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Business

  • MW, developer work to bring $10 million senior facility to E. Sanders Lane

     MOUNT WASHINGTON — A $10 million senior care facility is looking to locate in eastern Bullitt County.

    And developers are getting a little assistance from the Mount Washington City Council.

    DMK Development is moving forward with plans to open a 99-bed senior care facility at the corner of East Sanders Lane and Highway 44 East.

    The company has gotten needed variances from the Bullitt County Board of Adjustments and a site plan approval from the Bullitt County Joint Planning Commission.

  • LJ adding to footprint of Wall St. Park

     LEBANON JUNCTION— Wall Street Park just got a little bigger and the city of Lebanon Junction just got a little more beautiful.

    Though Mayor Larry Dangerfield lived in the house located at 214 Church Street in the ‘70s, it hasn’t been lived in for several years.

    “It’s an eyesore,” he said. “Not to the fault of the owner but it is a big undertaking.”

  • Pioneer Village looks to deal with nuisances

     PIONEER VILLAGE - Even smaller cities can deal with growing pains similar to larger cities.

    The Pioneer Village City Council heard a first reading for a potential new code enforcement ordinance, establishing a board and an enforcement officer to help oversee business activities.

    City attorney Mark Edison presented a general ordinance copy for the first reading, advising all council members to study and be prepared to make any changes they deem necessary to the next meeting, prior to the second reading of the ordinance.

  • Forums set for political contests

     SHEPHERDSVILLE -- Looking for a little information on who to vote for in the November general election?

    The Bullitt County Chamber of Commerce and The Pioneer News will once again team up to host four political forums.

    The forums will be similar to past events with doors opening at 6 p.m. for candidates to mingle with the public.

    Questions will begin at 6:30 p.m.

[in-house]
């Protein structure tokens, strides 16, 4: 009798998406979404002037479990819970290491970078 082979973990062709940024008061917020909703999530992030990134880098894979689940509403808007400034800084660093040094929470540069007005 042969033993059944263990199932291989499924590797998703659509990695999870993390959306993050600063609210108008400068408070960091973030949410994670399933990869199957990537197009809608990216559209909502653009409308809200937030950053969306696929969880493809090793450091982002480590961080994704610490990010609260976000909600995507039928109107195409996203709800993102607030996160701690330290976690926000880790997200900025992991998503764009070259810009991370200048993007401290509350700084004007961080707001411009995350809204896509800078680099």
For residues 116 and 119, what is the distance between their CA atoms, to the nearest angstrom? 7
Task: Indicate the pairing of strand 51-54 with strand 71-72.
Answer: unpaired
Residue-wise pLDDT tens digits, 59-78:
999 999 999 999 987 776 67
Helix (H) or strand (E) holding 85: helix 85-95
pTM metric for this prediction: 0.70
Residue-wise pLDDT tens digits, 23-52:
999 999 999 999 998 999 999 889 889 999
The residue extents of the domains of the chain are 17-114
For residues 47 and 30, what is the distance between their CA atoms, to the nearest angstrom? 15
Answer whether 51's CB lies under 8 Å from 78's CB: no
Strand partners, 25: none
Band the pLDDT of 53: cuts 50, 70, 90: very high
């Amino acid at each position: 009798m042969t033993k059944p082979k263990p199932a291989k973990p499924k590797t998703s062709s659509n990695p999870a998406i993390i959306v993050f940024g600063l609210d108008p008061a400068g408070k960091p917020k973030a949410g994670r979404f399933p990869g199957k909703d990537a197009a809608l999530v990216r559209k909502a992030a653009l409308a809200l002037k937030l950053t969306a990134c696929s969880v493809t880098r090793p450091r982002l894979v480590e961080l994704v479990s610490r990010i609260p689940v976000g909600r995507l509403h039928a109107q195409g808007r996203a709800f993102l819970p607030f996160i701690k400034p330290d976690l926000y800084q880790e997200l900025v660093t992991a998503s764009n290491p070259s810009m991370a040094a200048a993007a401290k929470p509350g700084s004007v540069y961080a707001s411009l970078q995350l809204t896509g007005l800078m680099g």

The events will be presented on Facebook live by both the Chamber of Commerce and The Pioneer News.

  • Townhome project gets no support from P&Z

     SHEPHERDSVILLE -- Scott Hall’s company would like to build rental townhomes next to an existing apartment complex his firm operates.

    However, in order to make that happen, the Shepherdsville City Council will have to reverse a recommendation given by the Bullitt County Joint Planning Commission.

    The commission voted 6-3 to send an unfavorable recommendation to the city council on the request by A&H Lakeview Land LLC to rezone 7.7 acres from R-1 Residential to R-3 Residential.

  • Skillet put on back burner awaiting funds

     SHEPHERDSVILLE -- Bullitt County Fiscal Court will not consider voting on its tax rates until a special meeting is held on Monday, Sept. 24.

    But that didn’t mean that taxes couldn’t be part of the discussions on Tuesday.

    A public hearing will be held at 9 a.m. Monday, followed by a meeting to adopt the rate.

    The county is proposing to keep the same real property tax rate of 9.6 cents per $100 of assessed property. If you own a $100,000 home, the county’s portion of your tax bill will be $96.

  • EDA looking for contribution from MW

     MOUNT WASHINGTON — A growing county needs support from all corners and the Bullitt County Economic Development Authority is working to make preparations that they said should have happened 30 years ago.

    BCEDA Chairman Jessica Sullivan spoke to the Mount Washington City Council about reinstating prior commitments and adding extra funding to help with a retail project study.

    According to Sullivan, the expected population of Bullitt County by 2023 to be well over 100,000 residents.

  • Opportunity might be knocking in two areas of county for new tax investors

     SHEPHERDSVILLE — If you are looking to open up a liquor store, tanning salon, golf course or race track, the tax advantages in an area designated as an Opportunity Zone would not be available.

    However, in Bullitt County, there are two tracts in the Brooks/Hillview/Shepherdsville community which could provide some tax advantages for some developers.

    In a financial nutshell, partnerships or corporations can bring development to certain areas and receive tax breaks on their capital gains.

  • Hunters Hollow talks about parking ordinance

     HUNTERS HOLLOW - Residents who park along Hunters Hollow streets should be wary of potential new regulations.

    The Hunters Hollow City Commission heard the first reading of a proposed parking ordinance at their August business meeting.

    City attorney Mark Edison presented a generalized ordinance, suggesting that the mayor and commissioners make any changes or additions they deem fit.

    The ordinance included no parking at any intersection or crosswalk, along with no blocking driveways or mail boxes.

  • Former sheriff’s audits questioned

     SHEPHERDSVILLE –– The state auditor has released two more reviews of retired sheriff David Greenwell and the findings were very similar to a report recently filed.

    The two most recent audit reports by state auditor of public accounts Mike Harmon involved the 2016 financial records of Greenwell, who retired at the end of February 2017.

    In both reports, the state auditor found areas in which improvements must be made.

    In the 2016 financial statement audit, the auditor had the following concerns: